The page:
First the standard disclaimer: If you're in the US and you're not a licensed A&P mechanic, take the plane to your mechanic. (If you're working with your mechanic on this job and helping out by removing the cover plates you've reached the point where it's time to go tap them on the shoulder and ask for help, because the steps to remove frozen screws can do serious damage if you mess up).
Disclaimer over, on with the answer:
Frozen screws on infrequently-opened access panels are pretty common, and there are a few ways to get them free. You'll note I've drawn a line in this answer: Anything above the line you can probably do on your own, if you have to move to the techniques below below the line let your mechanic do the work (at least until you're confident you can do it without messing up).
Step one for removing a frozen screw is to make sure they're not painted in place - you'll need a paint cutter (your mechanic probably has one) and/or an x-acto knife. Cut the paint around the head of the screw using the paint cutter (or the x-acto knife and a very steady hand), and use the x-acto knife to clean out the screw head so your screwdriver can get a good grip.
Sometimes this is all it takes and the screw comes out on the next try. If not, keep going.
Step two for removing a frozen screw is to use a "penetrating lubricant" - Kroil is commonly used, and Corrosion-X can also do a good job (more about that later). Put a little on each screw and let it work its way into the threads for a while (15 minutes is a good starting point), then try to break the screw loose again. It may take more than one application of penetrating oil to do the job.
Two notes about penetrating oils: One, they need to be able to get to the threads in order to work (that's why step 1 involves cutting the paint). Two, don't use one that contains silicones (they will embed in the metal grains and make future paint jobs a major pain).
Hopefully the penetrating oils will work, otherwise you're going to move on to more destructive processes.
Step Three involves getting a little more aggressive with the screw in question. Typically by the time you get here you've at least slightly damaged the head trying everything else, so grab a grinder or dremel and cut a flat line into the screw head. This will give you purchase for using a regular (flat-blade) screwdriver, which will hopefully let you apply more torque to the screw. You also want to keep applying penetrating oil while you do this.
The trick to Step Three is cutting the head deep enough that the blade won't cam out, but not so deep that you compromise the head-to-shank connection in the screw and snap the head off when you try to turn it. This is a bit of an art, so it's best to have your mechanic step in at this point. If you screw up here you're on to step four, and you don't want to get to step four. . .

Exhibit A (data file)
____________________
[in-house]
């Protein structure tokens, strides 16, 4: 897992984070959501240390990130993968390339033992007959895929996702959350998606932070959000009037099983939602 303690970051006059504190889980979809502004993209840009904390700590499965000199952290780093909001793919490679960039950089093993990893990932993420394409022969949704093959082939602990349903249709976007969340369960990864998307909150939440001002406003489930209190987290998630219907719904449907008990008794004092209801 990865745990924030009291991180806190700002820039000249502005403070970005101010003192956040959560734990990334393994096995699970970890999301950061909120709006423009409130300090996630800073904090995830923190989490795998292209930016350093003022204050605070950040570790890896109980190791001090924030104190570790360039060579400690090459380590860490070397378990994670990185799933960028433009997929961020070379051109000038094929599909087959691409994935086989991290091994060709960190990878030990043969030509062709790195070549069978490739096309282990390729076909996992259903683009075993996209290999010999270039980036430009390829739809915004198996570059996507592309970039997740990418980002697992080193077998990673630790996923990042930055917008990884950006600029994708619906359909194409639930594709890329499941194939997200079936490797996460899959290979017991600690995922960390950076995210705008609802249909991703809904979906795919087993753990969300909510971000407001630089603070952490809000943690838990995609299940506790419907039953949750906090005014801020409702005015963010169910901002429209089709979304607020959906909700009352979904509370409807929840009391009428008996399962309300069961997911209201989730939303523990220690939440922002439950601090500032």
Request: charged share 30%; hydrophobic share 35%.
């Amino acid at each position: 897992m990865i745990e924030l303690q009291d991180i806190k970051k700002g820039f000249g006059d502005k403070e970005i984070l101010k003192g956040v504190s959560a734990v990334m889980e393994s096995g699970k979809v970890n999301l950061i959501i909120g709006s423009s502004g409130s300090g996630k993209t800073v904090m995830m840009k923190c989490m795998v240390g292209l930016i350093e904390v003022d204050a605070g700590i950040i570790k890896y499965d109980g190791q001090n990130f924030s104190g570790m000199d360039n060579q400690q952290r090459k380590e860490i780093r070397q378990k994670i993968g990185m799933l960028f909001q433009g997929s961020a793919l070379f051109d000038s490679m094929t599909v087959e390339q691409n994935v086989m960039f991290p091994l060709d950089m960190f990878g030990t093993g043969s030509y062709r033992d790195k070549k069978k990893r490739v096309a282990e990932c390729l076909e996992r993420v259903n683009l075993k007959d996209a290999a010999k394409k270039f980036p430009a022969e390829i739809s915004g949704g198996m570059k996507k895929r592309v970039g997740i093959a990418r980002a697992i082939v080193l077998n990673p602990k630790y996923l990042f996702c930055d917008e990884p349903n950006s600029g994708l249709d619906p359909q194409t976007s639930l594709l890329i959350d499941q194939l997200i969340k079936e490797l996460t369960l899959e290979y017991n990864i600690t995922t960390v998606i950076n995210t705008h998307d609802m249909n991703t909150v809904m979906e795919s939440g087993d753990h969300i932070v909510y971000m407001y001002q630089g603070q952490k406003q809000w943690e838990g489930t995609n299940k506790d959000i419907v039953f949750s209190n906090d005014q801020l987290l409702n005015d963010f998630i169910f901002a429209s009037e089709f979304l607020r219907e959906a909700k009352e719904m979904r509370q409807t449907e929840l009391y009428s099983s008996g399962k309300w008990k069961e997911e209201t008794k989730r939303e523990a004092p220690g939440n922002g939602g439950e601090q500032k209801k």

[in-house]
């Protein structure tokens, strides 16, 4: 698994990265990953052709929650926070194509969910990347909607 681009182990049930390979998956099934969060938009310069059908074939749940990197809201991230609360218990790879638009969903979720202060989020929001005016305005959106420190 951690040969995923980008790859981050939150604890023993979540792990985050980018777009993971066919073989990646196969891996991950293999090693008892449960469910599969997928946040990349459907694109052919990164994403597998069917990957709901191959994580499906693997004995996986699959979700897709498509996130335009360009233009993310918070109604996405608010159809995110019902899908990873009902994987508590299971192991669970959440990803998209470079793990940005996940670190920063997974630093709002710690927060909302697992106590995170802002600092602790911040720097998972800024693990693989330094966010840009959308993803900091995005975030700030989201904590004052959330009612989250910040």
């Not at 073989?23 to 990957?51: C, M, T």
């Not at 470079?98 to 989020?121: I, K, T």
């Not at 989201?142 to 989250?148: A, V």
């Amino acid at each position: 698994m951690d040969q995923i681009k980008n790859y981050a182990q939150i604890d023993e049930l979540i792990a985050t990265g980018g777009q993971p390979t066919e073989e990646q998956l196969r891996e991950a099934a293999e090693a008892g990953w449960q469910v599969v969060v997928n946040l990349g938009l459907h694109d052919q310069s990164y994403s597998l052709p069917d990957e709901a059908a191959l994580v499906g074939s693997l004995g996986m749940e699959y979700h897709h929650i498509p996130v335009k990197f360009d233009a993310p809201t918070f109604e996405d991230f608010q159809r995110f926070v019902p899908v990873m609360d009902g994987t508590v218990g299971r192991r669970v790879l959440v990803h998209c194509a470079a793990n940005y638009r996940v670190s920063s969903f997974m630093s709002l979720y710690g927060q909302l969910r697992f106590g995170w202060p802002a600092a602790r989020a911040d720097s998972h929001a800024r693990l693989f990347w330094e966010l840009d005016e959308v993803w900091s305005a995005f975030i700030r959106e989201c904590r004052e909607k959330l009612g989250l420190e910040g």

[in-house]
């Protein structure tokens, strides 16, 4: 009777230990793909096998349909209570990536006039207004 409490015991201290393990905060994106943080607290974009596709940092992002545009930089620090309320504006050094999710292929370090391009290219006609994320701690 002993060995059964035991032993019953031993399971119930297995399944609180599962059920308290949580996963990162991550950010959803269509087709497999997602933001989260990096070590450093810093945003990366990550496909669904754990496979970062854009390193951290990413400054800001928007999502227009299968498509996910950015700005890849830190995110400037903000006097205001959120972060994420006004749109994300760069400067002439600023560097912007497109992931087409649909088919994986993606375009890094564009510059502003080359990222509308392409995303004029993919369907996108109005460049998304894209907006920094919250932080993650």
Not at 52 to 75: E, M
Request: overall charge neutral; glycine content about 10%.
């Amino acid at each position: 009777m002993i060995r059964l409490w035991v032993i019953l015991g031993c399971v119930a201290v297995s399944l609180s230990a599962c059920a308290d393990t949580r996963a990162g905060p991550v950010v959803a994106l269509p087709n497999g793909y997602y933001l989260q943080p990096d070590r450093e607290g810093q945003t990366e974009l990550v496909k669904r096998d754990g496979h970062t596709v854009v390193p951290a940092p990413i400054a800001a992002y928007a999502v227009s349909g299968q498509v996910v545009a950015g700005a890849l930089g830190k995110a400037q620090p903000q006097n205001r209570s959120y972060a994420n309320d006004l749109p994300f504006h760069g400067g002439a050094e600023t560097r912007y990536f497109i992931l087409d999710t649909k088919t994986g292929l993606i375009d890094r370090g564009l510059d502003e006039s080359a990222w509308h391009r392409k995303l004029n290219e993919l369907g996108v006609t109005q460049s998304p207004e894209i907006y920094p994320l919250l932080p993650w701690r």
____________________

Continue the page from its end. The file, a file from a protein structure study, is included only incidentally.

Step Four is drilling the f#!@ing screw out. When all else fails you take a drill right through the screw, demolishing it. Your mechanic almost certainly has appropriate drill bits for this, and the skill to do it without seriously messing up the screw hole / nut plate / cover panel / surrounding skin.
Even a skilled mechanic may damage rivnuts or nutplates drilling out a screw, and will then have to replace the damaged piece before a new screw can be inserted.
Avoiding the problem in the future
Once you get the screws out (and your mechanic will - eventually - mechanics always win when screws pick a fight) there are some steps you can take so the next person who has to get this panel off doesn't suffer as much as you did.
- Don't paint the screws/panel in place.
If you damage the paint getting the screws out touch it up and let the touch-up cure before you put the panel/screws back on so the paint isn't acting as a glue holding it all together.
Also for the love of sanity don't paint the screws - See #2, and if you repaint the plane do it with this panel off.
- Replace the standard screws (probably cad-plated steel) with stainless steel screws.
Stainless screws will corrode, but they're much slower at it than the cadmium-plated steel screws (the cadmium plating that keeps them from rusting in place gets rubbed off as you screw them in). Stainless screws also don't need to be painted like the cadmium-plated ones do, so you won't have to pick paint out of the screw head.
- Apply a corrosion treatment before reassembly.
Blast the nutplates/rivnuts/etc. with Corrosion-X or similar - also try to hit any other areas you can reach while the panel is open and things are apart.
- Apply a corrosion treatment to the airframe regularly.
Less important if the aircraft is kept in a hangar, but for aircraft tied down on a ramp having a corrosion treatment done every few years will help keep screws from freezing in place.